“Ada, where are your patented Nike shoes?”
“You read books by Arthur Conon Doyle? I thought those books are targeted towards a male audience…”
“Ew, you’re so gay.”
These are some of the comments my classmates directed to me during my junior year. They had certainly made up their minds that young women are supposed to dress up in mini floral skirts, slip their feet into gold studded heels, buy tremendous amounts of accessories, and, in general, engage in “girly” thinga-ma-bobs. Well, I had other thoughts.
I have a confession. I love to wear sports shoes, trousers, and shorts. I love to read books that interest me. I love to sit with my legs open (when nobody is around, of course!). I love the freedom to do whatever that makes me feel comfortable. And most importantly, I love being the person who I am.
In my eyes, I am just a teenage girl who happens to exhibit qualities that some people regard as, ahem, “unfeminine.” And no, I don’t believe this has anything to do with my sexual orientation. Nor do I think there is anything “abnormal” or “shameful” about staying true to myself – pursuing tastes and interests that defines me. To be frank, the more often people criticize or judge the clothes that I wear, the activism activities that I engage in, or the outspoken personality that I possess, the more determined I am to battle against social expectations – or shall we say more specifically, gender stereotypes.
You might be wondering, what are gender stereotypes? Gender stereotypes are wide generalizations and ideas about roles of gender, gender attributes, and gender differences. Ever heard of the kitchen “jokes” made by males towards females? (Get back into the kitchen! Go make me a sandwich!) These “jokes” all stem from the presence of gender stereotypes. There’s a really strong belief that women are supposed to conform to domestic roles: have children, raise them up, and then become an obedient housewife. These gender stereotypes are passed down from generation to generation, and as a consequence, ideas similar to the illustrated example are still embedded into our society today. On the other hand, the idea that males are supposed to become the financial support of the family, and that they should be responsible for a dinner date’s bill, still exists.
Don’t underestimate gender stereotype issues. While not all gender stereotypes are inherently negative (e.g. the assumption that most males are courageous and physically strong/most females are loving and compassionate), they could often wreck havoc with our emotions. Imagine that someone expects you to do something that you’re particularly good at, or become someone who you’re not – this could potentially harm our self-esteem, hinder our creativity, and inhibit our personal growth.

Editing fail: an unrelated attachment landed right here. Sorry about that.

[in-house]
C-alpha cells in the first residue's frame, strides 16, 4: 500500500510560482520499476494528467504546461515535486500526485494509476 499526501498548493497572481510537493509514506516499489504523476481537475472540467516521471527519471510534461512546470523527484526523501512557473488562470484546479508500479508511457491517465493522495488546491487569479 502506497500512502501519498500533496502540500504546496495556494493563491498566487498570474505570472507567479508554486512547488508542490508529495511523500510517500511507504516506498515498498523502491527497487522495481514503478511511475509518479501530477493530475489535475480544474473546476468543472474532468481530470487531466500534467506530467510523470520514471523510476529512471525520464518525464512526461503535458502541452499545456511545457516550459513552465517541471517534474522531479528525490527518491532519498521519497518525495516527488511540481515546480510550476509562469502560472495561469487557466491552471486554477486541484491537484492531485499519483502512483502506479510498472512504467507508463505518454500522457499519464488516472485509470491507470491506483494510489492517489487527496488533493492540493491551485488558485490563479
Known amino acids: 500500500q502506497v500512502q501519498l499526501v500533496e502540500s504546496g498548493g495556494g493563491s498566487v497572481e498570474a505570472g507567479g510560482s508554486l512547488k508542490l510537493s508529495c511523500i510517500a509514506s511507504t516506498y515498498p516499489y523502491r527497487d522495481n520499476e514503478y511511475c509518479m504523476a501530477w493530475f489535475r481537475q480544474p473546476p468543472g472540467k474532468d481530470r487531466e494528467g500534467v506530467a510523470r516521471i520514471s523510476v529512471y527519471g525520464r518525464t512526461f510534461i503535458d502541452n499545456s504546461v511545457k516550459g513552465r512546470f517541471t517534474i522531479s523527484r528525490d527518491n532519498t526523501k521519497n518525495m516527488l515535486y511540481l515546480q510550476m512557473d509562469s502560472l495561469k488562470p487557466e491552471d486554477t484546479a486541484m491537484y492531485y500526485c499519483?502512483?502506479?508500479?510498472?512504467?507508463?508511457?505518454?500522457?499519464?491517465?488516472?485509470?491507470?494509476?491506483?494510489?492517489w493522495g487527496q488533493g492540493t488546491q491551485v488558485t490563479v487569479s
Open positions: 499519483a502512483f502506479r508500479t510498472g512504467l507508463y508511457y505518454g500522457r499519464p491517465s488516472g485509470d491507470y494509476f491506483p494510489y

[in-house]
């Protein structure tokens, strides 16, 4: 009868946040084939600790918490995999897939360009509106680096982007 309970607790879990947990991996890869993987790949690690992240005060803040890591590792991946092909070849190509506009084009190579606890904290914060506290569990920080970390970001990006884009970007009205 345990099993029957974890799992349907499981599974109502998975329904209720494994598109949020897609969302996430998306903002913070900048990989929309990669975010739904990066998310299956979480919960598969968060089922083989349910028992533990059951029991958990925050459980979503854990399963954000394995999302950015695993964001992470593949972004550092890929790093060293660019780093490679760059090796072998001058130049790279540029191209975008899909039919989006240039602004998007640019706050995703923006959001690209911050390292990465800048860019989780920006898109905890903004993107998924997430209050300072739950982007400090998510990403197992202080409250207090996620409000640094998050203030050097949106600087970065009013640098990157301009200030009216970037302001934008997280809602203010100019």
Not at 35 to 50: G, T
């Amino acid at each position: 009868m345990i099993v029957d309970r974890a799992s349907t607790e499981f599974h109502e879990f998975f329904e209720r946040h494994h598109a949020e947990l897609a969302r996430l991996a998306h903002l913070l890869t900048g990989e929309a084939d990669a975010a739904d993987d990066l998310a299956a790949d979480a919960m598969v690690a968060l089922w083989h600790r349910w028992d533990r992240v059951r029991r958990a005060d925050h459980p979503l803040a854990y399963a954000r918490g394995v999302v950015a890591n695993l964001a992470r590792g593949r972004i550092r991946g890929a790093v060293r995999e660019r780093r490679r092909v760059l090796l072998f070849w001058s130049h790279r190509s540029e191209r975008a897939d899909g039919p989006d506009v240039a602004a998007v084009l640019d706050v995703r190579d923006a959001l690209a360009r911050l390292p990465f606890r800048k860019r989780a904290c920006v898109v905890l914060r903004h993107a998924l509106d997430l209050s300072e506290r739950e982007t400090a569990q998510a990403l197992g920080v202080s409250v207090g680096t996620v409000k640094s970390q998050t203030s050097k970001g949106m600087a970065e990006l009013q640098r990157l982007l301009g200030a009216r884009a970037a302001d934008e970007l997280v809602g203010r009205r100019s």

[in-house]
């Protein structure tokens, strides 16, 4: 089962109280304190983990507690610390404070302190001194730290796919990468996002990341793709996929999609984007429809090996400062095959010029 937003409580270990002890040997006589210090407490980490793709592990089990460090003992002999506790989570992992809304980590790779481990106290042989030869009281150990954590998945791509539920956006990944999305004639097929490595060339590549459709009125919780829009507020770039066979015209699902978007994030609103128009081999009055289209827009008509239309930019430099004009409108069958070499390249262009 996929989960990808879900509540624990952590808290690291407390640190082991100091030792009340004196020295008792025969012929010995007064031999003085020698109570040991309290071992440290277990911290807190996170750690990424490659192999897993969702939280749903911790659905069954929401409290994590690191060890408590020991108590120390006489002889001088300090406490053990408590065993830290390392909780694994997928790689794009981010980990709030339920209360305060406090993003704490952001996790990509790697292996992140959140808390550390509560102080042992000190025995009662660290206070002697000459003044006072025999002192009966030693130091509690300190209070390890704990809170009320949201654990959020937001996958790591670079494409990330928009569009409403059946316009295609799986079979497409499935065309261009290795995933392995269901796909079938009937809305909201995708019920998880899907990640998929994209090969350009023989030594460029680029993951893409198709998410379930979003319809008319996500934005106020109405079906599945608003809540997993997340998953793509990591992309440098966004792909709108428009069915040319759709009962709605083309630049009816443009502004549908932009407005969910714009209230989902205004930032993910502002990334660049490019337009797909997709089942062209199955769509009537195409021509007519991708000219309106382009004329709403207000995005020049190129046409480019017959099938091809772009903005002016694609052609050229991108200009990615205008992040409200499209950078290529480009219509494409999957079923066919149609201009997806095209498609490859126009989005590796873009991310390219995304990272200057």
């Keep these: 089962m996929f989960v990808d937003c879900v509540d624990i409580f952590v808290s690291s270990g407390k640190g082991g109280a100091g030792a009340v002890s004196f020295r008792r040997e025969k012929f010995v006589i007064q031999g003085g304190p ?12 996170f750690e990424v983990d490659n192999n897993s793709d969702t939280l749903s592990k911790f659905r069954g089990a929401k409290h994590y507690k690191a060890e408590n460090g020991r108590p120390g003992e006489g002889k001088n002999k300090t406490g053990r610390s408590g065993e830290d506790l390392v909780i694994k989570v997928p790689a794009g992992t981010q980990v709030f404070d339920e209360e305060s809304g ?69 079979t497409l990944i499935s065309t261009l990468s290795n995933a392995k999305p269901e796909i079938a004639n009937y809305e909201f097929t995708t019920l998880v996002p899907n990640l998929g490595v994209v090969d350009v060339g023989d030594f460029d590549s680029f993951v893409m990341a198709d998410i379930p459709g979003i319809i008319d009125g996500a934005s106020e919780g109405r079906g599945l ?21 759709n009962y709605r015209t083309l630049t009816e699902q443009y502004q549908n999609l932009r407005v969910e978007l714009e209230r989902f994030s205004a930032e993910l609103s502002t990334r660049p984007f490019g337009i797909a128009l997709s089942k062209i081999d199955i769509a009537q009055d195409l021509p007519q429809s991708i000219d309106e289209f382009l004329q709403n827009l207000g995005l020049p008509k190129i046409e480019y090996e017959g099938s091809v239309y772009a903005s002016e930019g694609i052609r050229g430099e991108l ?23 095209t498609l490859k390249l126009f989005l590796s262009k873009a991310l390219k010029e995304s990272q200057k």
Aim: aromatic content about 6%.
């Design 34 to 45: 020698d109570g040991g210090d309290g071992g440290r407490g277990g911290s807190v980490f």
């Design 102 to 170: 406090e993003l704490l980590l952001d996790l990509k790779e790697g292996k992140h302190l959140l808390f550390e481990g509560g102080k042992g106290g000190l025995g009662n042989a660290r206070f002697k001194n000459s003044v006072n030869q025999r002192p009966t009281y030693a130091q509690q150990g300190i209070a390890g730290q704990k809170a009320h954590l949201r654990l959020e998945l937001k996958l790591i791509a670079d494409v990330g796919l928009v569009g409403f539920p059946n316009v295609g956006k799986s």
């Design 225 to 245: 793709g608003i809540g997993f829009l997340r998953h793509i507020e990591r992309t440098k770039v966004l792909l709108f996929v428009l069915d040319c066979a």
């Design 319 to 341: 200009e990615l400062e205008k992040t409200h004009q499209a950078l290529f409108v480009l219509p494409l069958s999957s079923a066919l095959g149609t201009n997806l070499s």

I, as a victim of gender stereotyping, am happy to share my part of the story. Eager to fit in with everybody, I tried to adhere to gender stereotypes; I was afraid to be different. Half a year ago, to prove that I could also be “feminine,” I slipped into a pair of silver laced flats, willingly surrendering my feet to 8 hours of nagging pain at school. A friend of mine noticed my change of appearance and commented, “Finally, you got rid of your Nikes! Flats look way better on you.” While the intention of wearing these flats was to receive positive feedback from my peers, this took a toll on my happiness, as well as my physical well-being.
My mind used to often wander to people who have the strength to go against the norms. Back in sophomore year, when we were all required to wear uniforms, there was a girl who often wore the male version of the uniform. “What kind of a guy in the right mind would like her? I mean, just look at her,” giggled a male classmate of mine as we both gazed at the girl’s khaki colored pants. But they look so comfortable, I remember thinking to myself. During that moment, my feelings were locked in an internal struggle: part of me blamed her for not noticing all the judgmental looks she received, but the other part of me despised myself, knowing very well that I wouldn’t have the courage to do the same.
Today, our world seems to be revolving around the expectations of how one should behave and act. Living in a time when everyone has different set of expectations, beliefs and opinions, it is often hard to find a place for yourself. That’s why it’s so important that we retrieve the joy of just pausing life for a second, and reflecting on being the person that you are. Perhaps people should slow down and take some time to explore different aspects of themselves. Nowadays, I feel no shame when I enter the school gate in sports shoes, white capris, and a simple green striped t-shirt. I realize the need to stay true to myself.